Analysis of Moses in Animal Farm

Analysis of Moses in Animal Farm

A Chapter by SincerelyJ
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Literary analysis of Moses the Raven in George Orwell's Animal Farm.

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The Mad Monks

Animal Farm, written by George Orwell in the 1940s, is an allegory depicting political themes and exposing truth about treacherous governments, namely in the cases of the Russian Revolution and communism. Symbology and representation are prevalent throughout the novella, visible especially in its characters, linking them to their existential counterparts from the Communist Revolution. In Animal Farm, Moses represents Grigory Rasputin because he won special favor from political leaders, because he was considered highly religious, and because he promoted religion to pacify the oppressed working class.

Both Moses and Rasputin were shown favoritism by their respective dictators, Mr. Jones and Tsar Nicholas II. In Moses’s case, this is made clear when he is referred to as “Mr. Jones’s especial pet” despite his acts of espionage and spreading pervasive falsities about the government (Orwell 37). Also conveying this is the fact Moses was allowed to remain on the farm and was given an allotment of beer every day, despite his total lack of contribution to the farm. Rasputin was treated figuratively the same way, becoming close to Russia’s royal family after “healing” Tsar Nicholas II’s son of hemophilia (Fuhrmann).

Part of the reason they were given distinctly different attention was that Moses and Rasputin were self-proclaimed followers of God, which they emphasized by incessant talk of the importance of life after death; however, both their religious practices were distorted from the truth. This was manifested in their (sometimes purposefully) neglected obedience of the Biblical principles they claimed belief in. Rasputin was known for his promiscuity and drunkenness, while Moses was famous for being cunning and deceitful, stirring up trouble among the other animals and discrediting even those biased to him; these blatant contradictions to professed doctrine serve as viable evidence of their immorality and flawed interpretations of religion.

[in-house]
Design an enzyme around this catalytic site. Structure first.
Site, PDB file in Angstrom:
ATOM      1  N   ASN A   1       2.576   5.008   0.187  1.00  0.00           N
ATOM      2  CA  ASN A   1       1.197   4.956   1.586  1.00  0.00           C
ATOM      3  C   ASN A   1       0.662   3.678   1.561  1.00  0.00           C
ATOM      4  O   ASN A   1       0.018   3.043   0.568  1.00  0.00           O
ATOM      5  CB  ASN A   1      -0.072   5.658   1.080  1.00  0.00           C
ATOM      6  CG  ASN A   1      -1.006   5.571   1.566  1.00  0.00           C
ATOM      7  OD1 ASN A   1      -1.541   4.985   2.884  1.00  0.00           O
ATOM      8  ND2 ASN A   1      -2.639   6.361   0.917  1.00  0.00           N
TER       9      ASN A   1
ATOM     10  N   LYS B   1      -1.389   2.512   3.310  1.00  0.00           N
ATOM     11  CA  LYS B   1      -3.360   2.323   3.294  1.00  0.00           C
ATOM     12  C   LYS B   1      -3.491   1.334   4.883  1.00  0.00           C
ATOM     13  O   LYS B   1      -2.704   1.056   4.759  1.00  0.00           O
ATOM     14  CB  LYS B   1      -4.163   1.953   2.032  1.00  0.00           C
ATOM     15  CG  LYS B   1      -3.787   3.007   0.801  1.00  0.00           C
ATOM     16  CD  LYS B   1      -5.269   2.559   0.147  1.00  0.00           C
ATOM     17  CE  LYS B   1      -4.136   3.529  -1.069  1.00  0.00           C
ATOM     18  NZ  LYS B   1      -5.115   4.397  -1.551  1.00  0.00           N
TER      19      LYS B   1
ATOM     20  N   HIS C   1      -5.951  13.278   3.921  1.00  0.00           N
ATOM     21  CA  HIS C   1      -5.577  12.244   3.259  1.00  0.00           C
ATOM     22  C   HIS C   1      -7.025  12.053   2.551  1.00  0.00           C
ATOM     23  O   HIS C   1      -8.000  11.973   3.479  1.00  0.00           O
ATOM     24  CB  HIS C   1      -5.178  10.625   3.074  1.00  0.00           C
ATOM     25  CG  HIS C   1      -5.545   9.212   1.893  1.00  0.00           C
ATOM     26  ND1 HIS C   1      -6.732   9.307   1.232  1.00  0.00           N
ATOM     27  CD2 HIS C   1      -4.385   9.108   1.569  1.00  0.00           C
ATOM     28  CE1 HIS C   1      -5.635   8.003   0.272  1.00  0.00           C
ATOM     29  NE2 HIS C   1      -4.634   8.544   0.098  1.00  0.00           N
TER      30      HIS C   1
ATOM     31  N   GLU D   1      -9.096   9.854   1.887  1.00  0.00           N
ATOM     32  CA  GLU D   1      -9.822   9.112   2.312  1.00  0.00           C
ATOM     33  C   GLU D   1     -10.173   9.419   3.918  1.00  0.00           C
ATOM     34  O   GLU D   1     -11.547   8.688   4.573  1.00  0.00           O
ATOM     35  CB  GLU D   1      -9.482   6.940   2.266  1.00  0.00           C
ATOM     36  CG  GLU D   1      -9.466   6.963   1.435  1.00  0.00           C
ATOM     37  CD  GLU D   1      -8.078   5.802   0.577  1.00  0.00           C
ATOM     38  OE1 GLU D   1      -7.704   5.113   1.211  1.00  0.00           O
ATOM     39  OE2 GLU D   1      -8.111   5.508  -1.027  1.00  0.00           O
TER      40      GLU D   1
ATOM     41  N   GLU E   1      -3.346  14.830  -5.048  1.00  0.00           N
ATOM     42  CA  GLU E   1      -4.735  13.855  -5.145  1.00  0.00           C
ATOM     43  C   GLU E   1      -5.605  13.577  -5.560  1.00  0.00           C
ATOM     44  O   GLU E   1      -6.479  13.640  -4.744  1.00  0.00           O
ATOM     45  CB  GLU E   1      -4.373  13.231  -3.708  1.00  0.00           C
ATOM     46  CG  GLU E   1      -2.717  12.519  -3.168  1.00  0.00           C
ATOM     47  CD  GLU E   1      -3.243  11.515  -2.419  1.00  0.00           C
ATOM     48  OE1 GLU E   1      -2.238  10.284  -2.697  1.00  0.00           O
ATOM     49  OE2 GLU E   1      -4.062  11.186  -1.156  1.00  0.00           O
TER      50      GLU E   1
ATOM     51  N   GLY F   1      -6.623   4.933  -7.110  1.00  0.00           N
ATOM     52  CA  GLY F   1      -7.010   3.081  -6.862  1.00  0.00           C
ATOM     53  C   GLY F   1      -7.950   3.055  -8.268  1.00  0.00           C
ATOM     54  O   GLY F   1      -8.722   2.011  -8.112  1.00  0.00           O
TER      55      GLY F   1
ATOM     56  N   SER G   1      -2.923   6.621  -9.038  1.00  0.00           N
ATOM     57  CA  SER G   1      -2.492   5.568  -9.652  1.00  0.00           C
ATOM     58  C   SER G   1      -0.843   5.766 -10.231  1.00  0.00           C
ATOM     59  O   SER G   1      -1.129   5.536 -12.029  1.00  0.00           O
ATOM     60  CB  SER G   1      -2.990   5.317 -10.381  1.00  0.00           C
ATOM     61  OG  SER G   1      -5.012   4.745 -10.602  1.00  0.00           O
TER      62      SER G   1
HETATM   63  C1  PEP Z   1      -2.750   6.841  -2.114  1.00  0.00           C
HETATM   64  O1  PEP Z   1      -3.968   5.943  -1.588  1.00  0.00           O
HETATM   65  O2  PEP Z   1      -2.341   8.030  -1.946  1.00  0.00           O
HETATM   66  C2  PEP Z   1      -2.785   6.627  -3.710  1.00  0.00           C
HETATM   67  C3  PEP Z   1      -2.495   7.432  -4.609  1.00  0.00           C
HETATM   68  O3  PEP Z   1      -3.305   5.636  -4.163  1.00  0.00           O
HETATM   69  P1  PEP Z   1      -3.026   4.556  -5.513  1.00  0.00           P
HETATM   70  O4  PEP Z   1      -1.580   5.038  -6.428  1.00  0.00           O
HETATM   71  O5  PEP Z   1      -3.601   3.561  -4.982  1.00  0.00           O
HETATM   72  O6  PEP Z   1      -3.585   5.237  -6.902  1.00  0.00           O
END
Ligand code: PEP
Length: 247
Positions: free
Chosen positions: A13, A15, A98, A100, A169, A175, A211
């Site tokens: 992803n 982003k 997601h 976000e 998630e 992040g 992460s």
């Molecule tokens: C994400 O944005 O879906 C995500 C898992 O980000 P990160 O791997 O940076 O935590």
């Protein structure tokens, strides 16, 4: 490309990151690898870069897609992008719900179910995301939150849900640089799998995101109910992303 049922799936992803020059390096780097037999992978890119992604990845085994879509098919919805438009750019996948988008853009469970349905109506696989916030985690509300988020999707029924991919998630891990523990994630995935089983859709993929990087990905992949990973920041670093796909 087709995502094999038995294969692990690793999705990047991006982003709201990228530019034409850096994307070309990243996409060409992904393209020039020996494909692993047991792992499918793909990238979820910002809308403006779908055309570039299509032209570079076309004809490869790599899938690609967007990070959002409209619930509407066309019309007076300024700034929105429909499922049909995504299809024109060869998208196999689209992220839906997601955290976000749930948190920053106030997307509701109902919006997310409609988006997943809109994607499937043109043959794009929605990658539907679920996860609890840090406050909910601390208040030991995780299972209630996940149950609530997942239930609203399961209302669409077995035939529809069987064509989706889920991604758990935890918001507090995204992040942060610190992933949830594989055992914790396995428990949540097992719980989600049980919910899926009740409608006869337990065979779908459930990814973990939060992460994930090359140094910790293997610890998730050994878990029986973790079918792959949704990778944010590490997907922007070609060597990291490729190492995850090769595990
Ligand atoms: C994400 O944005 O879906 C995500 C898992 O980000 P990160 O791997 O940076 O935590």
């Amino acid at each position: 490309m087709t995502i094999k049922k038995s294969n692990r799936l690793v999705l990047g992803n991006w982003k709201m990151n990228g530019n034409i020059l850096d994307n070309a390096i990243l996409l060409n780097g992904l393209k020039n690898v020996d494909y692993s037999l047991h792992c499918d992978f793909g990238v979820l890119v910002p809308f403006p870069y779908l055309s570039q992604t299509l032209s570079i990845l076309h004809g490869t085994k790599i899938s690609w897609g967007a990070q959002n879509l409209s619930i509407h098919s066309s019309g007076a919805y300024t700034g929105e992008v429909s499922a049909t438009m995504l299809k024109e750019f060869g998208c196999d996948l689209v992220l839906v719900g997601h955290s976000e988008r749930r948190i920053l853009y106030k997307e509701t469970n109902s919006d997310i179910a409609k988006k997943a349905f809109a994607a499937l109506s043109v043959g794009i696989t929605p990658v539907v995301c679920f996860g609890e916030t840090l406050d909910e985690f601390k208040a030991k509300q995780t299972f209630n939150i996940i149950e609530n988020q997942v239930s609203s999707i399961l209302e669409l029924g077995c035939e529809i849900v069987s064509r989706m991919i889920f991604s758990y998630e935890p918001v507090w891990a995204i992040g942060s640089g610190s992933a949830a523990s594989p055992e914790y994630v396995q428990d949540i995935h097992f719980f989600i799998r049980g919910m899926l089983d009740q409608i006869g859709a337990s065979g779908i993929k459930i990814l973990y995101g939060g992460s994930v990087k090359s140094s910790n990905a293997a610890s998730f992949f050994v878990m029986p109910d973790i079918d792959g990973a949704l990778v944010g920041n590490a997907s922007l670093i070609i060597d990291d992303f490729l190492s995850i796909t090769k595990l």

Even though their views weren’t accurate, both Rasputin and Moses manipulated religion in order to make the working class less hostile. Moses did this by perpetual testimonies of “a country called Sugarcandy Mountain, to which all animals went when they died. . . Situated somewhere up in the sky, a little distance beyond the clouds,” which is the parallel of Heaven (Orwell 37). By stressing the importance of eternal status, Moses and Rasputin encouraged others to overlook current hardships and unwelcome demands caused by totalitarian government, which could have and should have been stopped, had others examined the truth rather than choosing complacency. Had the working class known the uninhibited truth or the political realm, they could have taken action against unjust government, but without such knowledge, no similar action could’ve been taken - bearing witness to the statement that knowledge really is power. For this reason, religion was used to placate and pacify the commonwealth, stripping them of their influence by means of distraction.